Tue, 14/02/2012 - 11:43
A steady rise in transaction frequency characterised the last quarter of 2011, a year that Hedgebay believes could be seen as significant in the history of the secondary market.
The recent volume has seen 2011 trading levels surpass those of 2010, and alongside improving depth and breadth in the market place, both in the number of participants and types of investors, points to the increasing popularity of secondary trading.
With an increasing number of participants using the market to both access high performing hedge funds and remove illiquid assets from their portfolios, pricing remains volatile. The full breadth of pricing was seen in the fourth quarter, with trades completed at 1% and 100% of NAV, clearly showing the dispersion of assets being traded.
The average price of completed trades showed similar volatility, falling from 79% in October to 65% in November, before rising again 86% in December – a year-long high. Lindsey Clavel, Managing Director for Europe, believes the rise in price from November to December is an encouraging sign for investors.
Lindsey Clavel says: “In the years since the crisis we have seen the average price drop in December, as investors eager to clean up their portfolios for year-end settle for lower prices for their illiquid assets. The fact that the average price rose to a year long high, combined with the high level of trading volume, may signal that the market is finally coming to terms with its liquidity issues.
The recent market movement aside, Hedgebay believes that 2011 represented a significant year in the secondary market’s life, with a new range of investors finding value in using the secondary market. Increasingly regulated engagement between buyers and sellers also points to the emergence of a more mature secondary market.
Lindsey continues: “2011 saw a rise in overall trading volume and a significant influx of new market participants. We have also seen subtle shifts of behaviour from secondary market users, with improving cooperation between managers in fostering the industry. This all adds up to a deeper and more mature secondary market, and we believe this will attract even more participants to the market in 2012. We expect another year of growth and evolution of the market next year.”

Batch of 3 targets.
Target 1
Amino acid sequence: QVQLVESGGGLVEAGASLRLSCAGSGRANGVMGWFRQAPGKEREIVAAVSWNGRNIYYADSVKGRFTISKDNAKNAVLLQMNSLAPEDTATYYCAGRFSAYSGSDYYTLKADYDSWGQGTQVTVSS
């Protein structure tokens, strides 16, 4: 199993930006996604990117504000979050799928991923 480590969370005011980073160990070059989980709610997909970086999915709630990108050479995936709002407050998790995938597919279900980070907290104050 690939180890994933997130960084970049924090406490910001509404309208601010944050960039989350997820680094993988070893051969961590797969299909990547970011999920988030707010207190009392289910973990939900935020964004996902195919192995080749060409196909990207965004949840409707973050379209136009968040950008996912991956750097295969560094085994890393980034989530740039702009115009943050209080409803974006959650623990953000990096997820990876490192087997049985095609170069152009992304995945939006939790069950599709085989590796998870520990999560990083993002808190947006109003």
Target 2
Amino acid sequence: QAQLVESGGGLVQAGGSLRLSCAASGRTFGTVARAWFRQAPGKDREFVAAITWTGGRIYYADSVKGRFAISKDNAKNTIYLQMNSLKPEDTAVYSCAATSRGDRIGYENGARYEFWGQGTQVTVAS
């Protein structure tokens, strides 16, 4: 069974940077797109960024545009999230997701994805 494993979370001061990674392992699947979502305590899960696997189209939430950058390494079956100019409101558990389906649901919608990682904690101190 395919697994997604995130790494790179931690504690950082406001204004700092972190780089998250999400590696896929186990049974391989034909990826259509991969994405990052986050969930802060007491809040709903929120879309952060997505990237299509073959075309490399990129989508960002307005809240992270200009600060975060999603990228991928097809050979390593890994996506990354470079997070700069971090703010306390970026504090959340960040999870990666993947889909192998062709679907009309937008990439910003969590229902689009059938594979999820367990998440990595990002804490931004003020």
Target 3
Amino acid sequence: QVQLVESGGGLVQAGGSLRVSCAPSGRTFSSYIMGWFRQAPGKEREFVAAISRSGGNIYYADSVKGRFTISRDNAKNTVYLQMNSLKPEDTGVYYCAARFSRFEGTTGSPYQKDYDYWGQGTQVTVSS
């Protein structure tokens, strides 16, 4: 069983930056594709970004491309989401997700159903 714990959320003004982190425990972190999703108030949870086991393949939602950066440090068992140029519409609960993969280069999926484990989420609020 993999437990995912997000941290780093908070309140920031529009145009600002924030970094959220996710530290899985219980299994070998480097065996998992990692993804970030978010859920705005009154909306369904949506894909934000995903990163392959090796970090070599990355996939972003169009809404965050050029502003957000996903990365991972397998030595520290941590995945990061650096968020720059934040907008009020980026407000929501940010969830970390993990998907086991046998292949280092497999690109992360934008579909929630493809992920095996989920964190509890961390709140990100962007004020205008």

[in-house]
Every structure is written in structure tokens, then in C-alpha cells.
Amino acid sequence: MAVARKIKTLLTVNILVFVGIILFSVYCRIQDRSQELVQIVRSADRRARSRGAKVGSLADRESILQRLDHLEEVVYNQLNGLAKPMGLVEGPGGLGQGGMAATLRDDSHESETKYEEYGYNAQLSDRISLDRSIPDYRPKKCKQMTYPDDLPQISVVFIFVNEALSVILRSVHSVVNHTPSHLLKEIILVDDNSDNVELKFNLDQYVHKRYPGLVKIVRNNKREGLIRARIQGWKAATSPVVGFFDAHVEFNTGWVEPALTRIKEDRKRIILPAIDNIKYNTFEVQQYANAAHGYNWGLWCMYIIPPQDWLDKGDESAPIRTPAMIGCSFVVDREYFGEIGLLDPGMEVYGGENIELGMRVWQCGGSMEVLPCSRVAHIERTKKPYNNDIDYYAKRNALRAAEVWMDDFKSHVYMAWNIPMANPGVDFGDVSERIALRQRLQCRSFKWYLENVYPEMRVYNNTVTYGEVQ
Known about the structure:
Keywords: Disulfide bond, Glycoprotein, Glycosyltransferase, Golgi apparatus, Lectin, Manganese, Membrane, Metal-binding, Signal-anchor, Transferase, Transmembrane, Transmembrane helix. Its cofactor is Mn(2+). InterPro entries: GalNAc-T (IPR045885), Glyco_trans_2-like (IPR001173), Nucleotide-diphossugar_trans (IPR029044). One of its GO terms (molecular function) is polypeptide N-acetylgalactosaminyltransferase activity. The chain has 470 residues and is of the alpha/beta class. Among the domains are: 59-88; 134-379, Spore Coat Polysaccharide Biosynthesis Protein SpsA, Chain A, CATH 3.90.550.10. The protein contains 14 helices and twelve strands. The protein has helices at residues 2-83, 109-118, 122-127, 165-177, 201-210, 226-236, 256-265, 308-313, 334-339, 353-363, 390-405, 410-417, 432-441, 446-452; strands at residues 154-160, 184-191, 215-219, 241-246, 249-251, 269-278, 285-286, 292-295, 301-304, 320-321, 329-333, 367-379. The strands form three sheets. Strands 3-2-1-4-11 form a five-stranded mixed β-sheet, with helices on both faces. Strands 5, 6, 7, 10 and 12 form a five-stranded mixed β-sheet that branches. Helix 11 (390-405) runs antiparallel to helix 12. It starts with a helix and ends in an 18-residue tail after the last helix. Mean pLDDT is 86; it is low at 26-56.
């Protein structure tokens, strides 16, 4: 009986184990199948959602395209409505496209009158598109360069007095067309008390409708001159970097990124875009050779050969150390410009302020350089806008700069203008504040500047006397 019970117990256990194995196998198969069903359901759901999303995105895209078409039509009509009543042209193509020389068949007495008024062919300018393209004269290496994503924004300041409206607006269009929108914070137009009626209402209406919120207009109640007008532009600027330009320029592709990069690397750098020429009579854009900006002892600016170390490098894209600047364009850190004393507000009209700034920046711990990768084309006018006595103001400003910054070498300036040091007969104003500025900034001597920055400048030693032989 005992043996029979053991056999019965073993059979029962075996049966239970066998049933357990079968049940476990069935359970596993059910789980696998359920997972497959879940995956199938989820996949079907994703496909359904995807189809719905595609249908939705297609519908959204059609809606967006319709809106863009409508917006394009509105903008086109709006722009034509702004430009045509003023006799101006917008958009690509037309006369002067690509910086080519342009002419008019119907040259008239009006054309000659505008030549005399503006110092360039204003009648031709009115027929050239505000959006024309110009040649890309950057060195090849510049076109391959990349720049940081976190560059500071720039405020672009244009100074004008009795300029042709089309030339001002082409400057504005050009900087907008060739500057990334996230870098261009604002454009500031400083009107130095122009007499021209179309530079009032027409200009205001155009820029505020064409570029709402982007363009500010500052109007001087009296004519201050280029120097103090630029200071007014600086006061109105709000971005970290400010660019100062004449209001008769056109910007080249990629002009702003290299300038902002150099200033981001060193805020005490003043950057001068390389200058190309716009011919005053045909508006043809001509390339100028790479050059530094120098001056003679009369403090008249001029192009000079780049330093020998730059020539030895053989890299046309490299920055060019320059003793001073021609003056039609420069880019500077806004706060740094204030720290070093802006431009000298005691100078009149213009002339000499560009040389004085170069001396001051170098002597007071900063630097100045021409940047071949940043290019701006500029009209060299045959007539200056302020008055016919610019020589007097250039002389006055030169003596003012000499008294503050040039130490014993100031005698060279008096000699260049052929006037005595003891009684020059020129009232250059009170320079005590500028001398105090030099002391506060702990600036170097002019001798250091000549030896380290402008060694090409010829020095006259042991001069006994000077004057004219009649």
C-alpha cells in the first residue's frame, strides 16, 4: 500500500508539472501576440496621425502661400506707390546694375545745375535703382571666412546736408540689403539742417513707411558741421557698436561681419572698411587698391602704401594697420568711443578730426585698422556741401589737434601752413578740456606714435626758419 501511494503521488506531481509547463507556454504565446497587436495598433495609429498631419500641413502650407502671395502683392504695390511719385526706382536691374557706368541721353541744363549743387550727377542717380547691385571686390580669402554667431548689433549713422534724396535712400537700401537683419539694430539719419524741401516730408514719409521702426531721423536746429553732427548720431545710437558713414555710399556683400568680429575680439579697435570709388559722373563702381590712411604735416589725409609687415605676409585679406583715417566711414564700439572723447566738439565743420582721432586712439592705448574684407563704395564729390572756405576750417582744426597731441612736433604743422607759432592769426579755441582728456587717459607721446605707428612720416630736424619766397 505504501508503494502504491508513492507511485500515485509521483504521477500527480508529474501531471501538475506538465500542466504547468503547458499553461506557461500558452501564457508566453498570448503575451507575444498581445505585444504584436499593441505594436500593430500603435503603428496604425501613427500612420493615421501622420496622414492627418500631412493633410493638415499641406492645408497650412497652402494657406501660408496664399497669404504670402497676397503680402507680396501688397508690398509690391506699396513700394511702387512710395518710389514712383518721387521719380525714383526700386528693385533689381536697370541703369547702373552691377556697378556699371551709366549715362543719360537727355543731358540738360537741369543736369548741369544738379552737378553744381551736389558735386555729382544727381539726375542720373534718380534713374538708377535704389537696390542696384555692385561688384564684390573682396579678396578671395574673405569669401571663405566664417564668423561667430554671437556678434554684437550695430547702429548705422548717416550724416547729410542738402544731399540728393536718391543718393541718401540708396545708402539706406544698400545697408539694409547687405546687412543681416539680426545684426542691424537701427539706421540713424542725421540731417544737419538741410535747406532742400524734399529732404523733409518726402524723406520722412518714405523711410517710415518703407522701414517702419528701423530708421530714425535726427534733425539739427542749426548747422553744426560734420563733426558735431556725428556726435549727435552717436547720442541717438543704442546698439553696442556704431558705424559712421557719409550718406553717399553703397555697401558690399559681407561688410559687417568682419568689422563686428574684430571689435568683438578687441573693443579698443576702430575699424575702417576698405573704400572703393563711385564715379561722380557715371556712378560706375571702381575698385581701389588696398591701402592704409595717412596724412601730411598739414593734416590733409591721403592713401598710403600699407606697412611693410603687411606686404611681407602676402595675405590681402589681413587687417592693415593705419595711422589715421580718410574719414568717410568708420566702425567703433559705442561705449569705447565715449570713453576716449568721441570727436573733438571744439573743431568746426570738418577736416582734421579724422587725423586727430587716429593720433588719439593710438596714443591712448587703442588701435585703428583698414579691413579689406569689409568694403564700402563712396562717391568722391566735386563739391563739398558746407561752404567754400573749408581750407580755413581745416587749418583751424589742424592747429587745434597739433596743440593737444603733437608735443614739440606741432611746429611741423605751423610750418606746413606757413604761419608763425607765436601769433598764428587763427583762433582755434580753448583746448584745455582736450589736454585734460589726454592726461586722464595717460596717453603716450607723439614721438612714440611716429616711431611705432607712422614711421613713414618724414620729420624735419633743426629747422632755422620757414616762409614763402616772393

2011 was also notable for a number of new service providers entering the industry, yet more evidence of the secondary market’s place in the financial mainstream. However, with one high profile provider exiting the market recently, Hedgebay has warned that the increasing number of competitors will lead to a survival of the fittest among providers:
Lindsey says: “We see it as a boon for the secondary market to have a number of providers competing for investors, and this competition has undoubtedly contributed to both the size and professionalism of the industry. However, as that trend increases we will see the best providers flourish, while others may exit. This will ultimately benefit the industry’s maturation. Hedgebay pioneered the market twelve years and almost USD6 billion worth of trades ago, and it is exciting to see the market how much the industry has evolved since then.”
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